Salvaged from the depths... gun from a Belfast liner sunk in 1917
An Ulster diver spoke last night of his delight and relief at leading the successful recovery of an historic gun from the wreck of a First World War liner more than 40m under the water off the coast of Donegal.
Kevin McShane (49), originally from Lurgan, was the chief diver on The Laurentic salvage project. He described his joy and apprehension when he first saw the 10.2 tonne gun finally reach the surface after 90 years below the sea.
"After all the hard work and preparation, we could hardly believe it when we saw the gun come out of the water.
" And our delight quickly turned to concern as we faced the task of towing it back the 14 miles from the lift site to the safety of Downings harbour.
"But we were not to be beaten this time - it was definitely third time lucky as we were able to bring the gun successfully in after nine hours and were greeted by hundreds of local people who were waiting on the pier to welcome us."
The Laurentic salvage project aimed to retrieve one of eight guns from the Harland and Wolff-built sister ship of the Nomadic, which went down off Malin Head in 1917 after hitting two German mines.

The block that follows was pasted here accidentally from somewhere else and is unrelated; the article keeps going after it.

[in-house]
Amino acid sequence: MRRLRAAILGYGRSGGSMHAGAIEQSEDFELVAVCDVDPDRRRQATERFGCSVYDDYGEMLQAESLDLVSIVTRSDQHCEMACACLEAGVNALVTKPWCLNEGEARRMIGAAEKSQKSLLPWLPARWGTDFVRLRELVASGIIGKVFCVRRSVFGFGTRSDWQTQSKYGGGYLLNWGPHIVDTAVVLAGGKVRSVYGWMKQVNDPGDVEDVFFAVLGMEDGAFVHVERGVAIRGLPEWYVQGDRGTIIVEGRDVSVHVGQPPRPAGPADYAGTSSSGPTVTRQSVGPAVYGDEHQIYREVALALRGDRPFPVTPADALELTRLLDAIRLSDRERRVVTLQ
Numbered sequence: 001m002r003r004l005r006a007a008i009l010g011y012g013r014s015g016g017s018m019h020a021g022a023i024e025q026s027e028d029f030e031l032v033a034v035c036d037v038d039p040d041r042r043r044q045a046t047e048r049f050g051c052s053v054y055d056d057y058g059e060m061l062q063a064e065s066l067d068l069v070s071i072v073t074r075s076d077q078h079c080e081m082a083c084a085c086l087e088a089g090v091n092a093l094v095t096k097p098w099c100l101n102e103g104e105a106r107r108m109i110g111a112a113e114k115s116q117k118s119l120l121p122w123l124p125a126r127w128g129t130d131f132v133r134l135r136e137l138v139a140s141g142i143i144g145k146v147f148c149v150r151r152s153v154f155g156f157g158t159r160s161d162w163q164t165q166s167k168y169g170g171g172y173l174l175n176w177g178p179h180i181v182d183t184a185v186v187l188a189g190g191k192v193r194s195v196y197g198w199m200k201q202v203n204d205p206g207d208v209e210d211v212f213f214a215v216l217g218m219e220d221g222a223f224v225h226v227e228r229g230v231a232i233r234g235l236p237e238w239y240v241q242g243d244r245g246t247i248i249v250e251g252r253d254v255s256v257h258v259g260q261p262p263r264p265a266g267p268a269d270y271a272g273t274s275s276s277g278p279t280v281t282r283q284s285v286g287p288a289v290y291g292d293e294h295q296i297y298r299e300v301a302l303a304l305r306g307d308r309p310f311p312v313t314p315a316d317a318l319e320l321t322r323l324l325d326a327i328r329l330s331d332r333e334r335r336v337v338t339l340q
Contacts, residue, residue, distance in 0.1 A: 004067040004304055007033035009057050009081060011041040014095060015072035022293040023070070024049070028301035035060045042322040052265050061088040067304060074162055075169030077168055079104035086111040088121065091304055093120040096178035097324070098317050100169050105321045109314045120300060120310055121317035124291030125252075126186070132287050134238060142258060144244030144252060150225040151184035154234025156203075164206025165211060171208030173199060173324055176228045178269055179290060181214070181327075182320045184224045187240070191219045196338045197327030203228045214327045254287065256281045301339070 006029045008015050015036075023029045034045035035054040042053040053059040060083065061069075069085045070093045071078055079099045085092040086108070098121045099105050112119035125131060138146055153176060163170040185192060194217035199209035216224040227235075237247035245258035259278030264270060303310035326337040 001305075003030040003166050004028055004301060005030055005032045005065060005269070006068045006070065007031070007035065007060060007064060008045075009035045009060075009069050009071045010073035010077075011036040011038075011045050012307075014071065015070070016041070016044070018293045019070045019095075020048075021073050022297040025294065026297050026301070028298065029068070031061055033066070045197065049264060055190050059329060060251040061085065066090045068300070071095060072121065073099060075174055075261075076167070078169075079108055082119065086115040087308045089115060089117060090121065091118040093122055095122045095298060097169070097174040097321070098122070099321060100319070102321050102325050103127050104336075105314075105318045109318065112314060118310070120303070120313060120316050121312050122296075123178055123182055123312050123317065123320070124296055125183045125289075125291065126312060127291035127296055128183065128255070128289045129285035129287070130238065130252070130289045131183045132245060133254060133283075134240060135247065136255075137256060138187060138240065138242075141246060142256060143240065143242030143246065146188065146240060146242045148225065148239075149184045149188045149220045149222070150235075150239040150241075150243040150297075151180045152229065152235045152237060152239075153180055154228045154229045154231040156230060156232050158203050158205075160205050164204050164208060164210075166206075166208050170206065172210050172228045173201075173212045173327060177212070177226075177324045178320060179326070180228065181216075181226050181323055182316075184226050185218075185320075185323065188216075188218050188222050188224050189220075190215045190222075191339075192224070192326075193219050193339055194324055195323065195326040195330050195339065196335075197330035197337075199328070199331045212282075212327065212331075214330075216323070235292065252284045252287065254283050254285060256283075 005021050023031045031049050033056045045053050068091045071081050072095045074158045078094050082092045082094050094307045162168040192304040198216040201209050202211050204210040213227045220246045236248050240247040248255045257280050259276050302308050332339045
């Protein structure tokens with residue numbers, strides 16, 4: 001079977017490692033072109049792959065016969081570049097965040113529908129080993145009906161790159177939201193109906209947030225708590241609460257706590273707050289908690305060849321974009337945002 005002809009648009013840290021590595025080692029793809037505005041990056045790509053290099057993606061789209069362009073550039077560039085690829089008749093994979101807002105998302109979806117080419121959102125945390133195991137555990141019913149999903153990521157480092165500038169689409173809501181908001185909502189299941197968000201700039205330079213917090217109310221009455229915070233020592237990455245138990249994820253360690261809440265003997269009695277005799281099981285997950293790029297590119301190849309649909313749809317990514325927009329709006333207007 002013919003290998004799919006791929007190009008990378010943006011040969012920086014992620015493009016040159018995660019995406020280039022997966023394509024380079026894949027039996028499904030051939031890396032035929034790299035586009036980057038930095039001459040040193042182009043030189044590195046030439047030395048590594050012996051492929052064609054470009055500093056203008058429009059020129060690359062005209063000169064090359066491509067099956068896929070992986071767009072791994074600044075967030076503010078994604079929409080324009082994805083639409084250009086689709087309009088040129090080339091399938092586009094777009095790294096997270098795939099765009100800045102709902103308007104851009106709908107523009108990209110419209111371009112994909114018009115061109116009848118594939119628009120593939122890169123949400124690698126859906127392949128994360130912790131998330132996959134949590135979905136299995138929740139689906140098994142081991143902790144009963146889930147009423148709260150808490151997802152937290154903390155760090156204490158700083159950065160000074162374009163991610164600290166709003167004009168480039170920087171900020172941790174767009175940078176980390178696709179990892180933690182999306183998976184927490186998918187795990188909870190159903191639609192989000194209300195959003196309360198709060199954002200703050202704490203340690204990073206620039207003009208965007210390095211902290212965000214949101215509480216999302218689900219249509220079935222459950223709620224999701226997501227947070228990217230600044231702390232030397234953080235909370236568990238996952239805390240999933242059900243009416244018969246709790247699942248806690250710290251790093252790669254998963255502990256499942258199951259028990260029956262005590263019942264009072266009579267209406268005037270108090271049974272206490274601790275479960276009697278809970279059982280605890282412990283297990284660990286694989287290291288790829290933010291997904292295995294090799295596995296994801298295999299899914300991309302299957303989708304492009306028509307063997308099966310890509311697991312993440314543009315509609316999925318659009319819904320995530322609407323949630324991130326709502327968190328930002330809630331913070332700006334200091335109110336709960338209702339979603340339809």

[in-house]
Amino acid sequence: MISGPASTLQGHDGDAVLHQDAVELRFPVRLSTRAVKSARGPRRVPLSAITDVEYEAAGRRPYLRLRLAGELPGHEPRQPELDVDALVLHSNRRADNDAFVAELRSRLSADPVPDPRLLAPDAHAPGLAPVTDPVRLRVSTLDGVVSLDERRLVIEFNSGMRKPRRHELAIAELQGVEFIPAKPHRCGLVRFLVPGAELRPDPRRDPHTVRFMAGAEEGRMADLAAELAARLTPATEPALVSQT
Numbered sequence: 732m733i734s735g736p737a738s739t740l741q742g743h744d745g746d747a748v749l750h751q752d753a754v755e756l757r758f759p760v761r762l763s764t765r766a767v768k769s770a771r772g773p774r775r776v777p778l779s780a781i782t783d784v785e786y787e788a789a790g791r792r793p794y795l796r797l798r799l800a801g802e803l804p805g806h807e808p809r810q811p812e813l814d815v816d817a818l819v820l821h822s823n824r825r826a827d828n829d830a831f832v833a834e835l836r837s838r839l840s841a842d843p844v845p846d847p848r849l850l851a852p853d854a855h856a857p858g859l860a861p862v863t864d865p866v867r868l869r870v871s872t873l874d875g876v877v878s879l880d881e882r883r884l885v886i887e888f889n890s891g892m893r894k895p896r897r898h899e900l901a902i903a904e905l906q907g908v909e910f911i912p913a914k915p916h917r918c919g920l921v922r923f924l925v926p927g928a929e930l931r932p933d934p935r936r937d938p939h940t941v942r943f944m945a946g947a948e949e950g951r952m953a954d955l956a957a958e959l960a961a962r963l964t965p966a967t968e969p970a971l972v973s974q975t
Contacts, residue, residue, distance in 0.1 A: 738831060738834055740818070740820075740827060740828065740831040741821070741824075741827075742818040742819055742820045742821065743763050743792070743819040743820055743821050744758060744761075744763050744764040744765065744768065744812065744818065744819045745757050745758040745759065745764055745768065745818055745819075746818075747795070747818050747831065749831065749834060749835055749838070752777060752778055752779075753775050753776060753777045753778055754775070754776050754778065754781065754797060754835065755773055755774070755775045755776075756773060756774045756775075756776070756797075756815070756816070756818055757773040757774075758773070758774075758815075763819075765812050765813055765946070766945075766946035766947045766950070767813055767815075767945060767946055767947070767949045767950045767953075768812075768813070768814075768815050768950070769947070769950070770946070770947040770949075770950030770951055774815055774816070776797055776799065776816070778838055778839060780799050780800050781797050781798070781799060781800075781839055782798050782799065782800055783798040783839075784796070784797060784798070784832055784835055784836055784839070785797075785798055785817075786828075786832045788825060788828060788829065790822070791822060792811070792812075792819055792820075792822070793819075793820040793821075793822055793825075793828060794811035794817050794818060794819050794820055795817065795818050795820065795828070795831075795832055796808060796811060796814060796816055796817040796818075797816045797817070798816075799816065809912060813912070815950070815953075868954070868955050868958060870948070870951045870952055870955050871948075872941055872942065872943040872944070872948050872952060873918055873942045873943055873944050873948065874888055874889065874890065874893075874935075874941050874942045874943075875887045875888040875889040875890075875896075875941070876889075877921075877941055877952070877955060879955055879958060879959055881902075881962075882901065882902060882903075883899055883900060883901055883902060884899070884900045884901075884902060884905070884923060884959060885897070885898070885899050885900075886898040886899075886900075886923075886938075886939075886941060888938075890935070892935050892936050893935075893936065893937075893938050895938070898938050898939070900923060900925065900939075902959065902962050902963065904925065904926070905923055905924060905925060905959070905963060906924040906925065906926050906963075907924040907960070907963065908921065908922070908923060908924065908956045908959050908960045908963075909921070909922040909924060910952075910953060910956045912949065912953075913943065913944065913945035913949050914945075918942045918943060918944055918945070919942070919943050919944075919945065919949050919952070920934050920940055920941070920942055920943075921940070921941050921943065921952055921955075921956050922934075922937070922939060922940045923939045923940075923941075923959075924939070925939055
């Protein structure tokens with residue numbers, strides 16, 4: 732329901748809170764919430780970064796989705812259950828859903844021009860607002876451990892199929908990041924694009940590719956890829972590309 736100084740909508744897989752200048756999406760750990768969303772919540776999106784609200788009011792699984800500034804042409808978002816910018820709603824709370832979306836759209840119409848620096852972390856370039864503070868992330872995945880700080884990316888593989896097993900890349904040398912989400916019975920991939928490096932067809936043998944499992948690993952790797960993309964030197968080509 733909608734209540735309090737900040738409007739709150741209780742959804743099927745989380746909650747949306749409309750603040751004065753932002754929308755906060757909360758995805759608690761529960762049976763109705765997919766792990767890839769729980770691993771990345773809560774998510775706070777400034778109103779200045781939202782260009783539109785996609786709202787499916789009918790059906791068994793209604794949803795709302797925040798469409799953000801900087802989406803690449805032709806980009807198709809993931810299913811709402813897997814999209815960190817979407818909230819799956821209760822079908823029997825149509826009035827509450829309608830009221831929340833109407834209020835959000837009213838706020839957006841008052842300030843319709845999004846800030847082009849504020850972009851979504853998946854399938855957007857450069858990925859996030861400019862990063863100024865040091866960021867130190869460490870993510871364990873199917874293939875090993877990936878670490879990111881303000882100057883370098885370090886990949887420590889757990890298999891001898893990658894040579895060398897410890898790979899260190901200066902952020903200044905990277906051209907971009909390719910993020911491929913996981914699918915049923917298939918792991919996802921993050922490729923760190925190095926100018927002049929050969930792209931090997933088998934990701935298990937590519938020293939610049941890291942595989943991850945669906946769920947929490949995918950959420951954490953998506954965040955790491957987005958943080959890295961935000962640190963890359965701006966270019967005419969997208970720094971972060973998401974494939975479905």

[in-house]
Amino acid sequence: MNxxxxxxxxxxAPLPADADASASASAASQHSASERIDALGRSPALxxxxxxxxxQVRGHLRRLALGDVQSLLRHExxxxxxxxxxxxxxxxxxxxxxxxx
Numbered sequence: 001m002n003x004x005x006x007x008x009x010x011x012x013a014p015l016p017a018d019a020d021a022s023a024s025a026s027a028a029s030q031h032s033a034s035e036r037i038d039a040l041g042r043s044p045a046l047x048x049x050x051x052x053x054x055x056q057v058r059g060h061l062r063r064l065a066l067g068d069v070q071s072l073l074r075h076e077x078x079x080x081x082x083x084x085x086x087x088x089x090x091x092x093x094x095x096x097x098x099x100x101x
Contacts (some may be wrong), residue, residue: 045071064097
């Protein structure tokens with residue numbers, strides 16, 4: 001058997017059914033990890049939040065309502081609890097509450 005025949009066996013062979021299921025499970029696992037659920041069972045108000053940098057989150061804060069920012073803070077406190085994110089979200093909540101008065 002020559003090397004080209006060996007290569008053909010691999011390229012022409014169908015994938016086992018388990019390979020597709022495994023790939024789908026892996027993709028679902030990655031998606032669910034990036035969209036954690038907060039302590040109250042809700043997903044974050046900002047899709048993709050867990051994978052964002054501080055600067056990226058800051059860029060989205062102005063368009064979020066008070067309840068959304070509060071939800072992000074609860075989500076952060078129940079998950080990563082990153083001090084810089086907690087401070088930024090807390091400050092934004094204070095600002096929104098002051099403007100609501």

The local dive enthusiast and a team of divers who managed to retrieve the artillery piece on Sunday are now putting behind them two other failed attempts to lift the giant piece over the past three years.
Mr McShane went on to explain: "The recovery of the gun was only possible this time with the help of a £4,200, 15-tonne lift bag ... kindly paid for by the Downings community and a compressor hose provided by Mark McKee in Belfast - after previous attempts using different methods proved unsuccessful.
"It was lying under 40m of water at the mouth of Lough Swilly where there (are) strong currents and deep water.
" But, thankfully, it is finally safely ashore."
However, the 6m long monster is now sitting at Mr McShane's home awaiting vital funds to be raised for its restoration.
He added: "We urgently need resources to restore it and have it mounted on display on the pier at Downings Bay by this time next year.
"So we hope the promises of funding assistance from various agencies will now come to fruition."
The divers also have one last trip to make back down to the wreck to recover the stand for the gun to sit in at its final resting place.
And they might even be lucky enough to come across the 25 gold bars - worth £4m today - that remain unrecovered from the wreck which sank en route to Nova Scotia carrying more than £5m worth of gold bullion to pay for American munitions.